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Cyprus Seeks 11th Hour Deal

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Cyprus Seeks 11th Hour Deal

by Stephen Lendman

Grand theft is official policy.

When politicians conspire with bankers, ordinary people suffer most. Cypriot crisis conditions continue. One bad plan follows others.

The latest is unprecedented. Cypriot and Eurocrat officials are close to agreement. At issue is levying a one-time 20% tax on Bank of Cyprus deposits over 100,000 euros. Similar amounts in other banks will be assessed 4%.

Cyprus has to raise 5.8 billion euros by Monday. Otherwise emergency ECB funding will end. Eurocrats require it for a 10 billion euro bailout. 

On Sunday, Cypriot President Nicos Anastasiades will meet Eurocrats in Brussels. They have final say.

Cypriot legislators enacted nine related laws. They include non-cash transaction restrictions, freezing check cashing, limiting withdrawals, and converting checking accounts into fixed-term deposits.

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Eurocrats demand more. They want their pound of flesh. Eurozone finance ministers scheduled an emergency Sunday evening Brussels meeting. IMF and ECB officials will join them.

Anastasiades will present his latest proposal. They have to agree. Cypriot parliament approval must follow. Events are fast moving. They bode ill for ordinary Cypriots.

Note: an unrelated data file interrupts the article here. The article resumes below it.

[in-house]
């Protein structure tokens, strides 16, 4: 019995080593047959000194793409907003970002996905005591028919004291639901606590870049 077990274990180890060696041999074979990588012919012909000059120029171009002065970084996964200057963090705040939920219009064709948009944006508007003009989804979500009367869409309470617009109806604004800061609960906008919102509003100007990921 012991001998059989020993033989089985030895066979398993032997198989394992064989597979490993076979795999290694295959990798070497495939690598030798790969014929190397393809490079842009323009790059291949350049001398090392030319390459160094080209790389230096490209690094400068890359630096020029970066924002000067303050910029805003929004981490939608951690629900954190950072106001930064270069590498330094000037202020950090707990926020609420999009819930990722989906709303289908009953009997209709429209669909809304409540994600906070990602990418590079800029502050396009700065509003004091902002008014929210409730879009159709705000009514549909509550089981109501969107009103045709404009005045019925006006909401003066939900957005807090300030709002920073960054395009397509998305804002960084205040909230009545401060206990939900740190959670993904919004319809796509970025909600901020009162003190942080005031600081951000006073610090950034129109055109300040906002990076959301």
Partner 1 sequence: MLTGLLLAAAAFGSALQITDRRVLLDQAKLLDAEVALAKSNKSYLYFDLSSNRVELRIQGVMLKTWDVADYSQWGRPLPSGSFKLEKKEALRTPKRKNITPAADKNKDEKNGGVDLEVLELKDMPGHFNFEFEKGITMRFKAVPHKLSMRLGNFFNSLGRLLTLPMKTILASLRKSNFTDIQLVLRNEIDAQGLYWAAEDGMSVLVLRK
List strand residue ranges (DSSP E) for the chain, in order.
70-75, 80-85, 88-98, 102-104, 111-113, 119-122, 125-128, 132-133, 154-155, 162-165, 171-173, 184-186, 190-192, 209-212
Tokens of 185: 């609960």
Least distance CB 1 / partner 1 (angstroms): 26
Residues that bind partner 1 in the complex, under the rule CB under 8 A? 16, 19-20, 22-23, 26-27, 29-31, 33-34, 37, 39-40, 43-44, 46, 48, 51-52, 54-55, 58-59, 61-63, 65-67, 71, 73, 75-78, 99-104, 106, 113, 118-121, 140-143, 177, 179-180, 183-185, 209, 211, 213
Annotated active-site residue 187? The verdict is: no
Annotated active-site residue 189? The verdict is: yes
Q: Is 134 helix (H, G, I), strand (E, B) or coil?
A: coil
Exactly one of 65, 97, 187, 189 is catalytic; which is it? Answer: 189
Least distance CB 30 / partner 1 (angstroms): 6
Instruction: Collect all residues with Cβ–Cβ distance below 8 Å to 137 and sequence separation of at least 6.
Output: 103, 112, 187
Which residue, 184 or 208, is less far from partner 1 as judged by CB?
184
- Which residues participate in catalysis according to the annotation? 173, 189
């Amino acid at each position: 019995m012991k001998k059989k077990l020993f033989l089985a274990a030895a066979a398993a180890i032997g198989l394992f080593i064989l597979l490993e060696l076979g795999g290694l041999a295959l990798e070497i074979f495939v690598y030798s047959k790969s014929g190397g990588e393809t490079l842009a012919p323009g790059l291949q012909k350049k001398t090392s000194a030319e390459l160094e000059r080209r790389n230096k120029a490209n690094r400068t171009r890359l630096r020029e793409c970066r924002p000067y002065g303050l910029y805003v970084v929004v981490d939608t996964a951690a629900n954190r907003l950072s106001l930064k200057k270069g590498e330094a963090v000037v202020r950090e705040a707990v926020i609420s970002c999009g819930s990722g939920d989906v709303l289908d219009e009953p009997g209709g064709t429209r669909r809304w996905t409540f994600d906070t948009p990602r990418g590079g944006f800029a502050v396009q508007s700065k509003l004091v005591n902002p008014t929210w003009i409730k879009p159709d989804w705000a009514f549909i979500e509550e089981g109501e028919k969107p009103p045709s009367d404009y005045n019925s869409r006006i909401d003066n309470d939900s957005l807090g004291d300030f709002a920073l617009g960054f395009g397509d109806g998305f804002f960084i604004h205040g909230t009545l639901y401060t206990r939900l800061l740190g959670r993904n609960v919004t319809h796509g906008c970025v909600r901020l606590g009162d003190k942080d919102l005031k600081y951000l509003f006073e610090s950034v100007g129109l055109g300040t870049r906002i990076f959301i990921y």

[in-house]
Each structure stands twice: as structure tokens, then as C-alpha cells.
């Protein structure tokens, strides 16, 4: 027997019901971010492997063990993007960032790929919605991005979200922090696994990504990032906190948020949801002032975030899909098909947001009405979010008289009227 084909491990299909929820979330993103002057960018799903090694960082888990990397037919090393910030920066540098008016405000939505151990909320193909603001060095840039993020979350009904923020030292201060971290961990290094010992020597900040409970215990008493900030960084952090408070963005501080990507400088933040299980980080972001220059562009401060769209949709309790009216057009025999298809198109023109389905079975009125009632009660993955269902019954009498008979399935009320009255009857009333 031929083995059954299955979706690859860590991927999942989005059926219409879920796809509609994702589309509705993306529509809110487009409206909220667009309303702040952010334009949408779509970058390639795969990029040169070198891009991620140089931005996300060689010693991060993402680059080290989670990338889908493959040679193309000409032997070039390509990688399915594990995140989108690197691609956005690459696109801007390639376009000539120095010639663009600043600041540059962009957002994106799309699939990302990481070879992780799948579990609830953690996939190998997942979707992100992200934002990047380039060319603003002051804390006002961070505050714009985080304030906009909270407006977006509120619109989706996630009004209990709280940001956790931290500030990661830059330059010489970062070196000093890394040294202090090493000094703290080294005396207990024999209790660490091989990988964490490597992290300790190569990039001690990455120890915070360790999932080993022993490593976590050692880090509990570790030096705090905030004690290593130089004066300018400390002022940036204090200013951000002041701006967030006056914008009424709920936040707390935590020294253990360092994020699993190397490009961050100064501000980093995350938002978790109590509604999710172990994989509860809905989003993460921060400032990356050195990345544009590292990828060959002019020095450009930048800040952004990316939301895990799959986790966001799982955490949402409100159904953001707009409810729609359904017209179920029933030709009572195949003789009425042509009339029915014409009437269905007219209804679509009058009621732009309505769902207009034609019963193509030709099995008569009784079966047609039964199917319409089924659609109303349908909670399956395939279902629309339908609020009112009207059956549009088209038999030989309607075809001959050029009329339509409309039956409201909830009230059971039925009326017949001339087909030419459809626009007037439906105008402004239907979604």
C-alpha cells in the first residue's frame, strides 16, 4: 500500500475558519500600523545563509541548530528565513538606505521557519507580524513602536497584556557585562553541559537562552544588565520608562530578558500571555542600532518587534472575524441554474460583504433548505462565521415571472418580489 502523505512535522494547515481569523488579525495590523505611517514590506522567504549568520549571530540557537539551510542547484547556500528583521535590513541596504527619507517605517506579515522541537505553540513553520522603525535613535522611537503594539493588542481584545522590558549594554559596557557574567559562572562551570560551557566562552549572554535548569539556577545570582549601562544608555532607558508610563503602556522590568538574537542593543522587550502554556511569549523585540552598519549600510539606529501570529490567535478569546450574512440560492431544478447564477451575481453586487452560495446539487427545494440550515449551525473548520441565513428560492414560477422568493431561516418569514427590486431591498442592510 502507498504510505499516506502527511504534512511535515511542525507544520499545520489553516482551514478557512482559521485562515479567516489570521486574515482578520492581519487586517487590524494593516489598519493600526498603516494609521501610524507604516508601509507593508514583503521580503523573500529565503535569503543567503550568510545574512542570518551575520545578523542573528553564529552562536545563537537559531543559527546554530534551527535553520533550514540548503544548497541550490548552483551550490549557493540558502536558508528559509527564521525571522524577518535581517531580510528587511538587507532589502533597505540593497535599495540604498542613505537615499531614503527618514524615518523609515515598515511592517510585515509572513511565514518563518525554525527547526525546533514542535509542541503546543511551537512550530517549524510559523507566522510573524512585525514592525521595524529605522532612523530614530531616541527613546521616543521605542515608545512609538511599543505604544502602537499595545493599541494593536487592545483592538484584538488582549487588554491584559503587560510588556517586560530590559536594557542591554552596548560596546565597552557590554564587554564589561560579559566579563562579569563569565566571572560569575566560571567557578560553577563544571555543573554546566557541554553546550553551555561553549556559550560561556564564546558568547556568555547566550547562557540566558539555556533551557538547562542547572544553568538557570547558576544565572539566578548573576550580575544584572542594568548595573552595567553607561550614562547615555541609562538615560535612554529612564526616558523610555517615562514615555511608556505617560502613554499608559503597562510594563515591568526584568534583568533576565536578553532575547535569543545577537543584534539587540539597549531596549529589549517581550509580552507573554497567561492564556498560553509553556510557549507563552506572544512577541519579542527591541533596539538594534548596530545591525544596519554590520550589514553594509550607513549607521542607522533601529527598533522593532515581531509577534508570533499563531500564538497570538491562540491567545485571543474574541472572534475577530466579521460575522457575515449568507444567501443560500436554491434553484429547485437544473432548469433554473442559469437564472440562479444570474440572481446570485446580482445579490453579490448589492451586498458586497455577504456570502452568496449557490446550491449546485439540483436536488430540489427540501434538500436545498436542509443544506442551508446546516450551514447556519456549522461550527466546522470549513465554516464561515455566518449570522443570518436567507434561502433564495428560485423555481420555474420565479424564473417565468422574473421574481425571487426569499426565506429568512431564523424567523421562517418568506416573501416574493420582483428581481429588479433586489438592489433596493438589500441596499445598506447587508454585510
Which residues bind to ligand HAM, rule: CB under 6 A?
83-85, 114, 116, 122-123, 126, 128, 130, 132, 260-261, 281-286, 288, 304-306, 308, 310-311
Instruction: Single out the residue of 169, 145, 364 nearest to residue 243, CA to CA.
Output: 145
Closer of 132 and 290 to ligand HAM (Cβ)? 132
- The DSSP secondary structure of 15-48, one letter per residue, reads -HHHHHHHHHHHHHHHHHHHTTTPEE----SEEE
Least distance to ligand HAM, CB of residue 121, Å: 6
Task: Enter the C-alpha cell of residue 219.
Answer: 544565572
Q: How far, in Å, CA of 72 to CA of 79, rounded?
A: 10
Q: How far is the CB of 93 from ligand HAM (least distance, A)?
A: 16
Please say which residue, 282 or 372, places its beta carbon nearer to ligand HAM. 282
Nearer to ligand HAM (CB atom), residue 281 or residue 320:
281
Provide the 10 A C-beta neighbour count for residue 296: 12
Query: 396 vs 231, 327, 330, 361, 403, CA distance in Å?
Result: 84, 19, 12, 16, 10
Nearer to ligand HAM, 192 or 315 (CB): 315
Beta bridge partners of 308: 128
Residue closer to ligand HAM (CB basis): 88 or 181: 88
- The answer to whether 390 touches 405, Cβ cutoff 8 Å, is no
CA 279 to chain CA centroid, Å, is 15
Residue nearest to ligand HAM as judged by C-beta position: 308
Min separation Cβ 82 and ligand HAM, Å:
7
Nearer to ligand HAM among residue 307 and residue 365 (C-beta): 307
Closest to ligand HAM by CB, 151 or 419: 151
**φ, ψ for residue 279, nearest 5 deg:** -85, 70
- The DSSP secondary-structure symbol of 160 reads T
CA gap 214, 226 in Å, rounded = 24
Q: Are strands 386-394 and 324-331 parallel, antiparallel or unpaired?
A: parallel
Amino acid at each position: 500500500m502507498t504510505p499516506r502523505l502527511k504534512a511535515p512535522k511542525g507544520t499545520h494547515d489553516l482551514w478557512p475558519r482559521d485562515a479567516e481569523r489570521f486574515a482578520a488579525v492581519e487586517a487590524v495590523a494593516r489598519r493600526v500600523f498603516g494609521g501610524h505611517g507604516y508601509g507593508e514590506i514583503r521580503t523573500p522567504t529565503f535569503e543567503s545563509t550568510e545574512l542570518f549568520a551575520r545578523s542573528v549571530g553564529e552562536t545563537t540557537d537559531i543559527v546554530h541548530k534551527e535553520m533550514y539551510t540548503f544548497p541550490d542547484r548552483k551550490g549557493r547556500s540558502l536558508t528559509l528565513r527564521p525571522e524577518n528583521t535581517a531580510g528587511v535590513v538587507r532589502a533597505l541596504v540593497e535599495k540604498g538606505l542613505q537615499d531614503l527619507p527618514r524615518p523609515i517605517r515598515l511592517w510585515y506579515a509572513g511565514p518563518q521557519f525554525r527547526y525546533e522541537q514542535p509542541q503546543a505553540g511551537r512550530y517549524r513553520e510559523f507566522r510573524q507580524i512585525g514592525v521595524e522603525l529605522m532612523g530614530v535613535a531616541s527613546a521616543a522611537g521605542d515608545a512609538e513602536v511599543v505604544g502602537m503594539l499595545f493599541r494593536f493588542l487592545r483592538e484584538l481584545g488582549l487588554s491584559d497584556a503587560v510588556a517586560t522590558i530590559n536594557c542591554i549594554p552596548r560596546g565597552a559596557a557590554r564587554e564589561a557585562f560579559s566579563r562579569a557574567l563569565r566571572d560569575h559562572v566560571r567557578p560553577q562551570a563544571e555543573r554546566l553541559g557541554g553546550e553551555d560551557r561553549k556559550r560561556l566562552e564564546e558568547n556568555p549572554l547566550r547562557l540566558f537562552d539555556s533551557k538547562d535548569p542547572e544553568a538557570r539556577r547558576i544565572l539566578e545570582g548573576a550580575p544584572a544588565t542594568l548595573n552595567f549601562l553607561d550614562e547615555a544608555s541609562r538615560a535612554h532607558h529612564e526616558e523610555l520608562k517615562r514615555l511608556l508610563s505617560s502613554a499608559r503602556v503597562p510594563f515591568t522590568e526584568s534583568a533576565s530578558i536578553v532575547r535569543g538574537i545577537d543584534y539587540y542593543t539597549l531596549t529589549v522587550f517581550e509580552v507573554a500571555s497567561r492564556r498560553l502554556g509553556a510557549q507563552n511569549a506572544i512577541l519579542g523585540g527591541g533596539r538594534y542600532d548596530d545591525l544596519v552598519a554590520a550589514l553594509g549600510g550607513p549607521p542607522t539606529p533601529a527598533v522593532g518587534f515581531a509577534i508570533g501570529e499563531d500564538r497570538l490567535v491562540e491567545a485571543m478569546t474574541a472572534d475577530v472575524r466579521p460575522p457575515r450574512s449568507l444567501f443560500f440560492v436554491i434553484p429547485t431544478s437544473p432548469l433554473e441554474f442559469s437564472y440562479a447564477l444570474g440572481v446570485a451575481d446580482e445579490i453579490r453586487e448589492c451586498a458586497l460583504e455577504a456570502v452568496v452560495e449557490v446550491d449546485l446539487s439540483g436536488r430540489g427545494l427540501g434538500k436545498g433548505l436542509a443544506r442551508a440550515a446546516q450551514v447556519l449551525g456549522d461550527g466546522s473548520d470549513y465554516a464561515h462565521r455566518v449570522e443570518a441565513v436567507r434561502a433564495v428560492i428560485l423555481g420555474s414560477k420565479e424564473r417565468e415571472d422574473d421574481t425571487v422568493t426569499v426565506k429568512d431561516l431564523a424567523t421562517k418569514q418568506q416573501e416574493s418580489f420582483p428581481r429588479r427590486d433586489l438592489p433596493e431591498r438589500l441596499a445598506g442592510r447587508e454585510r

Demonstrators protested outside the presidential palace. "Resign! Resign! they shouted. They fear lost jobs and hard times. Force-fed austerity assures it.

Cypriots face a Greek tragedy. Economist Yanis Varoufakis explained. Social conditions are appalling. Austerity "led to a depressed economy and a depressed population."

No "silver linings" exist. "Even profitable companies go under." Greek bank guarantees aren't accepted abroad. 

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Manufacturers can't import raw materials on credit. Their ability to produce is compromised. They can't supply customers.

Failed banks, private sector retrenchment, "savage" public sector cutbacks, and "ridiculous new taxes" produced a "Winter of Discontent." It persists with no end.

It's having a "massive social impact." Poor and elderly people raid rubbish bins for food. Families can't pay rent, phone and utility bills.

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I was born in 1934, am a retired, progressive small businessman concerned about all the major national and world issues, committed to speak out and write about them.

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